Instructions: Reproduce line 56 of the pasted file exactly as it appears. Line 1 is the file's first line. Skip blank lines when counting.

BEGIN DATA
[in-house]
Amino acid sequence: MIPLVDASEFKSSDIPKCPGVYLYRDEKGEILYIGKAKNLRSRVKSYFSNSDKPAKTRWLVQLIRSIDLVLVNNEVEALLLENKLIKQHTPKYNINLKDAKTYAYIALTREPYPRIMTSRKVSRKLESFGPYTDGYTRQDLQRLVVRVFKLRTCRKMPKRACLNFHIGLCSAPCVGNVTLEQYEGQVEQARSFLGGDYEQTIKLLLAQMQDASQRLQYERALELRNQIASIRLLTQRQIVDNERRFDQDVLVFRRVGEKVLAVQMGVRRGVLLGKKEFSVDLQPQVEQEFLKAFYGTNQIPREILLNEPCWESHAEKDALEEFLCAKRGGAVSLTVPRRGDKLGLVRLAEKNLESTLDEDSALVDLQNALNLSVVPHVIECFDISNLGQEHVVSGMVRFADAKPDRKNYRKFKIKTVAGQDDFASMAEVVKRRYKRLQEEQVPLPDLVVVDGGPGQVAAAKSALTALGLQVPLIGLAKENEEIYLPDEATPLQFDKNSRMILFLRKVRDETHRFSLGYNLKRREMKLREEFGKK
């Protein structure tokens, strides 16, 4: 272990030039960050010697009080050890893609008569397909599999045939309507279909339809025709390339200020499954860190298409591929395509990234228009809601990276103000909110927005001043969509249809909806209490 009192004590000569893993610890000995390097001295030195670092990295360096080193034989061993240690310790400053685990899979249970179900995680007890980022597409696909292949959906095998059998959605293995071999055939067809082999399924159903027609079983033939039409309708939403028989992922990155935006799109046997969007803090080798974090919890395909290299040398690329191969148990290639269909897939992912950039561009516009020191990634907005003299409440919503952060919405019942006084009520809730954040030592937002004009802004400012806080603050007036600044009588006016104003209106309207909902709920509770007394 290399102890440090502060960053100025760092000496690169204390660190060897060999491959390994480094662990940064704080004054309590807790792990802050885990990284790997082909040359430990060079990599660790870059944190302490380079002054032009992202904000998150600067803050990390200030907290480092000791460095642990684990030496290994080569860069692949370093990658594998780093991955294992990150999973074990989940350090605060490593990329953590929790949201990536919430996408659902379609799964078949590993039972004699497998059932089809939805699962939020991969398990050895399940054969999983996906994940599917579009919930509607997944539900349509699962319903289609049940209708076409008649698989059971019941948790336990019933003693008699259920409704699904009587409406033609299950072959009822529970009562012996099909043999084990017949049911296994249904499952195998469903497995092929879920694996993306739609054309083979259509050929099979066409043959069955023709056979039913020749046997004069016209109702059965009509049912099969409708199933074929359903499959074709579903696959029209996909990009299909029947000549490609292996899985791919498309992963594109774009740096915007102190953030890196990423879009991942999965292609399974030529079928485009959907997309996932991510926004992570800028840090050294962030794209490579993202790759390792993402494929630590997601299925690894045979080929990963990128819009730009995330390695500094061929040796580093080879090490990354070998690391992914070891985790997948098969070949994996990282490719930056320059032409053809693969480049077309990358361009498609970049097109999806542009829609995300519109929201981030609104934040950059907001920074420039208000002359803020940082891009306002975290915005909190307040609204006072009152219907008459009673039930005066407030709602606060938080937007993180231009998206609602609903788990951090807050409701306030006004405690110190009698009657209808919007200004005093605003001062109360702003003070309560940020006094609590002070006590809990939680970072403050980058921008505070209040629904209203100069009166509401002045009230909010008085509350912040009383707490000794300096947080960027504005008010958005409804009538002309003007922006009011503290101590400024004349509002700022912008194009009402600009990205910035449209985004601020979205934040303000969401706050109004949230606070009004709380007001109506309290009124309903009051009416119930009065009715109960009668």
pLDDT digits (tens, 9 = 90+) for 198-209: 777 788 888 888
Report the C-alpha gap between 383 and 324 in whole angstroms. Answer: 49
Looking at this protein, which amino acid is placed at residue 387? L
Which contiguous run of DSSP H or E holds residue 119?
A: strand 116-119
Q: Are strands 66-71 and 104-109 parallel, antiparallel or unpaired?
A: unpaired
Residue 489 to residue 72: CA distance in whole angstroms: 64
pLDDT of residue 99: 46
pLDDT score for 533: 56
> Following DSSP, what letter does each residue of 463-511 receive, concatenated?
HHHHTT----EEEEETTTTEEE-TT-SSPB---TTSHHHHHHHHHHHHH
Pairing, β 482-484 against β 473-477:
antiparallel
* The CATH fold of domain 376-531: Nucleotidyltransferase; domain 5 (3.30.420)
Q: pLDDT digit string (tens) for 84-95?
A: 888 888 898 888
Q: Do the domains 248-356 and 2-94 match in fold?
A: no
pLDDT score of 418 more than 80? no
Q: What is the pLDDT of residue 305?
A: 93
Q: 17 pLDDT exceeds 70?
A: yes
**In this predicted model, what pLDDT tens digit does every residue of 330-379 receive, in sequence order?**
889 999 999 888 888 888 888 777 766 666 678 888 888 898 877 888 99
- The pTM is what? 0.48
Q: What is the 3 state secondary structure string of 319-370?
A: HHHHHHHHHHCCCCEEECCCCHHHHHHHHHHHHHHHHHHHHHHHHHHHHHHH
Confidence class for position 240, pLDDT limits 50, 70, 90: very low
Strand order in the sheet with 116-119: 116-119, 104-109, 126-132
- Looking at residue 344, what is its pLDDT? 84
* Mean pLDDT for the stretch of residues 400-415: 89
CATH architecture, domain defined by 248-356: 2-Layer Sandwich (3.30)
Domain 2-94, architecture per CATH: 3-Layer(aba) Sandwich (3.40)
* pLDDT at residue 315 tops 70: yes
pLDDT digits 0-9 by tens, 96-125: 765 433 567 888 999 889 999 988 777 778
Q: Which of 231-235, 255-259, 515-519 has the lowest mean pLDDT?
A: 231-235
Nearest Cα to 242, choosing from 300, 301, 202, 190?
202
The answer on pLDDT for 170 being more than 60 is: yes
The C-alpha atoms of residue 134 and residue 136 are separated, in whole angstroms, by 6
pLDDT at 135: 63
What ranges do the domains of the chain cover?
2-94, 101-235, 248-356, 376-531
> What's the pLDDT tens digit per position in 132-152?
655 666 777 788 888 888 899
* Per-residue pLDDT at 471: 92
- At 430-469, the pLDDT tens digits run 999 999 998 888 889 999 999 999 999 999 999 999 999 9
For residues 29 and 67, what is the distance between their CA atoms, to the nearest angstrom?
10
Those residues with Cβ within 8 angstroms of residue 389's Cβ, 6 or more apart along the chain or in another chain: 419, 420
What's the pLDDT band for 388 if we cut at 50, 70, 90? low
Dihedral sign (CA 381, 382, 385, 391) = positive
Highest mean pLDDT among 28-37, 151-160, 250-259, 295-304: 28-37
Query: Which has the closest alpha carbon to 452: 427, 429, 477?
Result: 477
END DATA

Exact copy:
Those residues with Cβ within 8 angstroms of residue 389's Cβ, 6 or more apart along the chain or in another chain: 419, 420